Governance update

21 March 2022 / Insight posted in Newsletter

As our Moore Kingston Smith Schools conference returns after a 12-month hiatus, looking back to my presentation in 2020 and the three themes I covered, it became apparent that two of those themes remain consistent. (I don’t think early 2020 would have been the time to be considering lessons learned from the pandemic though!). But I feel what has changed in that time, is that the three themes have become more mature in 2022, with a raft of additional guidance available to help us navigate through those topics.

I will signpost a number of the articles, regulator guidance or reports that should help you on your governance journey below.


Lessons learned regarding governance during the pandemic

After any ‘significant or difficult’ event, a lessons learned review is always an important step. The pandemic has been (and continues to be, for many) the most testing two years in recent memory. We have been helping a number of our clients learn from their experiences and strengthen their governance as a result. Some common themes include:

  • Most schools will now have a well-tested ‘emergency decisions’ policy and procedures
  • During the pandemic the ‘dotted line’ between Trustees/Governors being focused on strategic decisions and the Leadership Team on operational became blurred – is it now time to reinstate that governance foundation?
  • How well did the organisations’ risk appetite/risk register/risk framework perform and what could be amended for the future?
  • If the school had a delegated authority framework with sub-committees, were the ‘most important’ matters being reserved for the Board/Governors?
  • Was the reserves policy appropriate (and does it continue to be, two years later?)



Obviously, a policy (and an embedded culture) remains at the forefront for any school, but alongside the recent ‘Black Lives Matter’ and ‘Everyone’s Invited’ movements, there have been a number of sector updates in this area:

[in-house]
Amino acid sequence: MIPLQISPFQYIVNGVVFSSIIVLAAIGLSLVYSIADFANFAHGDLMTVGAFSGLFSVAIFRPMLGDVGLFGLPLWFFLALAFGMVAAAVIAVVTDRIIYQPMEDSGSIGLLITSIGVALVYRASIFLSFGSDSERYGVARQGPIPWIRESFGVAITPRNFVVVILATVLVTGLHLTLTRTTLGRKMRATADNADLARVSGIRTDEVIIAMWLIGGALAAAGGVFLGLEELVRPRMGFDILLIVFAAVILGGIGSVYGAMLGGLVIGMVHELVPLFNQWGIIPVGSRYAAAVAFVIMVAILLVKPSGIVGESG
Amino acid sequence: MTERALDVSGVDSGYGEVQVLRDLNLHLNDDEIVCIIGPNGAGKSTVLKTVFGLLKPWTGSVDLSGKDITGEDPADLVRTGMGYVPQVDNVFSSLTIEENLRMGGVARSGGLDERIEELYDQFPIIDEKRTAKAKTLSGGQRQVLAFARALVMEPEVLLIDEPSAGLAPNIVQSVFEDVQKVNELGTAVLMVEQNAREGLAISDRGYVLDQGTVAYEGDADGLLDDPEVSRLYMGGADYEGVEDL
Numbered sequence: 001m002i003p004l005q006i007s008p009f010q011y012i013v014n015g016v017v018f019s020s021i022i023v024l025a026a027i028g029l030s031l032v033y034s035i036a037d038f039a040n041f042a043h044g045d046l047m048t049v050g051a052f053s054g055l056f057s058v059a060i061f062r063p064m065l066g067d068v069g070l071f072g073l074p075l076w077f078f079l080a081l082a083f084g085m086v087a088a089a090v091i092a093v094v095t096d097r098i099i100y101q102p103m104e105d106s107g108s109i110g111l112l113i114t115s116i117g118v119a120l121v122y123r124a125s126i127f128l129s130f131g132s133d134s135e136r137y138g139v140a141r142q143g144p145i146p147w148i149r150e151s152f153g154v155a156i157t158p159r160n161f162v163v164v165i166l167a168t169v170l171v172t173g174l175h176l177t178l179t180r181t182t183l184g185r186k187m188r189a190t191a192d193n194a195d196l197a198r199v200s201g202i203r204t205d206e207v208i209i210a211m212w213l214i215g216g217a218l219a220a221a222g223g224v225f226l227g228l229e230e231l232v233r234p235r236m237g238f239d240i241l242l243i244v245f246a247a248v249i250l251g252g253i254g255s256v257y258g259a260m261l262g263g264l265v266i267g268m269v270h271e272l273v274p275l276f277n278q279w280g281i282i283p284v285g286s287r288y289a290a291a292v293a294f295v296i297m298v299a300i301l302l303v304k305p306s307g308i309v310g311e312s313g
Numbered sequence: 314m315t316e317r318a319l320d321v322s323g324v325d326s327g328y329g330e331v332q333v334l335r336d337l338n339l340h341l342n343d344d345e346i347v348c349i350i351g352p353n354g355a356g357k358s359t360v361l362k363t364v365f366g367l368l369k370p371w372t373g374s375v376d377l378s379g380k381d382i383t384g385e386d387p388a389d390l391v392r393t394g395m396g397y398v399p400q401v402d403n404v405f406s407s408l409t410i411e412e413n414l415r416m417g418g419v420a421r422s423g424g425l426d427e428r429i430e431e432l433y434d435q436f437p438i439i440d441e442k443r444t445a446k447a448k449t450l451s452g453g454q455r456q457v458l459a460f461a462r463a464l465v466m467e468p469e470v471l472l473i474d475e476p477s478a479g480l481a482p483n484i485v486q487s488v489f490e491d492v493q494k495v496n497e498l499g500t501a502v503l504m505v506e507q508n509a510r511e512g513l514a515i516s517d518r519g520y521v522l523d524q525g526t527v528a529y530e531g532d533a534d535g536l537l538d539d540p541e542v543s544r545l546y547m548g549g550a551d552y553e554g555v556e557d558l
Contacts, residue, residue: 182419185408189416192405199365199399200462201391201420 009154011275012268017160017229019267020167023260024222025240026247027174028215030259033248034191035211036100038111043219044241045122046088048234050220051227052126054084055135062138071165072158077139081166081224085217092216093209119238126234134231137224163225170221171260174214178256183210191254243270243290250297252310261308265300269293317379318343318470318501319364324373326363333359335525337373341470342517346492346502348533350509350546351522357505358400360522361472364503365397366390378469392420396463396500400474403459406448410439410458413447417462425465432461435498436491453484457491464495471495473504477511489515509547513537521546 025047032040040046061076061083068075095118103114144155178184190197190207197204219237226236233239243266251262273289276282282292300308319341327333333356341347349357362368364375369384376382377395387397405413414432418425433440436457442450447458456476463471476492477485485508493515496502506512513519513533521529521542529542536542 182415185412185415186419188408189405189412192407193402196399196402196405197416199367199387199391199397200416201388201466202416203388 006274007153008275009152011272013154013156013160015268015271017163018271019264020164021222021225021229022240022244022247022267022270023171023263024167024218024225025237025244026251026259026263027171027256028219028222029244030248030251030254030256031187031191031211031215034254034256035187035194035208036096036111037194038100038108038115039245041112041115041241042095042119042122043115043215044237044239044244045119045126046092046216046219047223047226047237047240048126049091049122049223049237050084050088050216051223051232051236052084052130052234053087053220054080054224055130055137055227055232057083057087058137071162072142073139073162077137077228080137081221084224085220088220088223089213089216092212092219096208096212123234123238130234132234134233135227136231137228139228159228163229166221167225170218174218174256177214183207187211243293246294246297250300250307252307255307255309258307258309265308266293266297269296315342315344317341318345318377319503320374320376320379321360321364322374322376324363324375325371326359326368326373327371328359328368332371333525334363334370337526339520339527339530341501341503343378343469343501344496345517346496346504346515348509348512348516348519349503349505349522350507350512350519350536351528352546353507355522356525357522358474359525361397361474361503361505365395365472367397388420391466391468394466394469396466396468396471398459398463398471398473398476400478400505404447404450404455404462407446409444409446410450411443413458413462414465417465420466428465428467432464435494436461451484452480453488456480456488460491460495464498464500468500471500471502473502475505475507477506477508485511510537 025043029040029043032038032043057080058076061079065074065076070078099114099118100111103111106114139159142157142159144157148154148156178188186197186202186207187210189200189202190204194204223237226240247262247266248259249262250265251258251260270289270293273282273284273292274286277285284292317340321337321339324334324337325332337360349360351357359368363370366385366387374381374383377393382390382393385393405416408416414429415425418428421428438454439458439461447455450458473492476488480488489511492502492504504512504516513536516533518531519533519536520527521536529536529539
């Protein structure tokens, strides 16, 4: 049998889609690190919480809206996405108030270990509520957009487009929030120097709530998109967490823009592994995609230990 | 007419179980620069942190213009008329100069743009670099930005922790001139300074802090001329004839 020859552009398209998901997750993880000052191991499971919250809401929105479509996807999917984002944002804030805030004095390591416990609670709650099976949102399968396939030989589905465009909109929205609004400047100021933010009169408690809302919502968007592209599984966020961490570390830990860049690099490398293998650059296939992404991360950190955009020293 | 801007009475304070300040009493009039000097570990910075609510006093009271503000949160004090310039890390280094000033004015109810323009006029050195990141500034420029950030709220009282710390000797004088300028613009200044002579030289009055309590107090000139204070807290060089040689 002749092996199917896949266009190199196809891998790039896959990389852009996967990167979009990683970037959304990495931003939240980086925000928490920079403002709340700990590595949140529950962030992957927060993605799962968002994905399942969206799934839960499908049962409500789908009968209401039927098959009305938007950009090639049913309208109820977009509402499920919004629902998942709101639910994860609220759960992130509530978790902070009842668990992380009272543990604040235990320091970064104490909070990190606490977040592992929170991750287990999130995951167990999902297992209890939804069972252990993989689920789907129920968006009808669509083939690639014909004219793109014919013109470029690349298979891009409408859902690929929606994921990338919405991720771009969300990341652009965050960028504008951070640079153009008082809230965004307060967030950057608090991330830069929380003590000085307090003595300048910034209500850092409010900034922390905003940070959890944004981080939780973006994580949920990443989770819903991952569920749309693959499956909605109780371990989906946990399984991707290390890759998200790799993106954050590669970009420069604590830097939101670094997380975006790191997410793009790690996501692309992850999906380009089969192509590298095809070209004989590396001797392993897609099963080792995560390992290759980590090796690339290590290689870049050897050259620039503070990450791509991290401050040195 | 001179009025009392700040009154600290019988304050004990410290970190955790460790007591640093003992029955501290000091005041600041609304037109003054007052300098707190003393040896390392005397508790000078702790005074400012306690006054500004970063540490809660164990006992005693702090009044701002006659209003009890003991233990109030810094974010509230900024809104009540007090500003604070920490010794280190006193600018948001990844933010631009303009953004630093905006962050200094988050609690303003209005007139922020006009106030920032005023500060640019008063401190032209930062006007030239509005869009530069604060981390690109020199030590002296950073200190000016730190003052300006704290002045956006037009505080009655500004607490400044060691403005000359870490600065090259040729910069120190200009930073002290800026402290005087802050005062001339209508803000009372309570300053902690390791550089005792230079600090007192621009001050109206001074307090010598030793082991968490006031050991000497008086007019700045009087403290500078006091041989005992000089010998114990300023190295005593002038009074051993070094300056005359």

• The Charity Governance Code refresh in late 2020 which became embedded in many governance frameworks throughout 2021.
  • Charity Commission Regulatory alert to larger charities providing services – “Service-providing charities are those in which front-line staff or volunteers directly serve and interact with beneficiaries – some of whom may be vulnerable. While expectations around safeguarding for some charities may be higher, protecting people and safeguarding responsibilities should be a governance priority for all charities, not an optional overhead.”
  • Charity Commission Regulatory alert to international aid charities – much of the guidance is still relevant – “effective safeguarding is never complete and all charities must be alert to the risk of sexual harassment, exploitation and abuse and should foster a culture committed to rooting it out.”
  • Five minute guide on safeguarding – the Charity Commission’s guidance can never usually be described as ‘succinct’, but their recent development of six ‘5-minute guides’, including one on safeguarding, marks a welcome addition to the guidance available and should form part of every Trustee/Governor induction or annual update.


Equality, equity, diversity and inclusion (EED&I)

The Charity Governance Code refresh, already linked above, marked a step change in this area for the education and nonprofit sector. Every organisation we work with now seems to be considering this area in more detail and are already on the journey towards a more diverse Board/Governing body and embedding a culture of EED&I into their organisation. A few recent articles and reports that I have found interesting include:

And if the above wasn’t enough bedtime reading, the remainder of 2022 is sure to deliver more, with a recent new Chair of the Charity Governance Code Steering Group announced, more institutions undertaking ‘lessons learned’ reviews and continuing on our EED&I journey towards agreed objectives.


Read more in Education Matters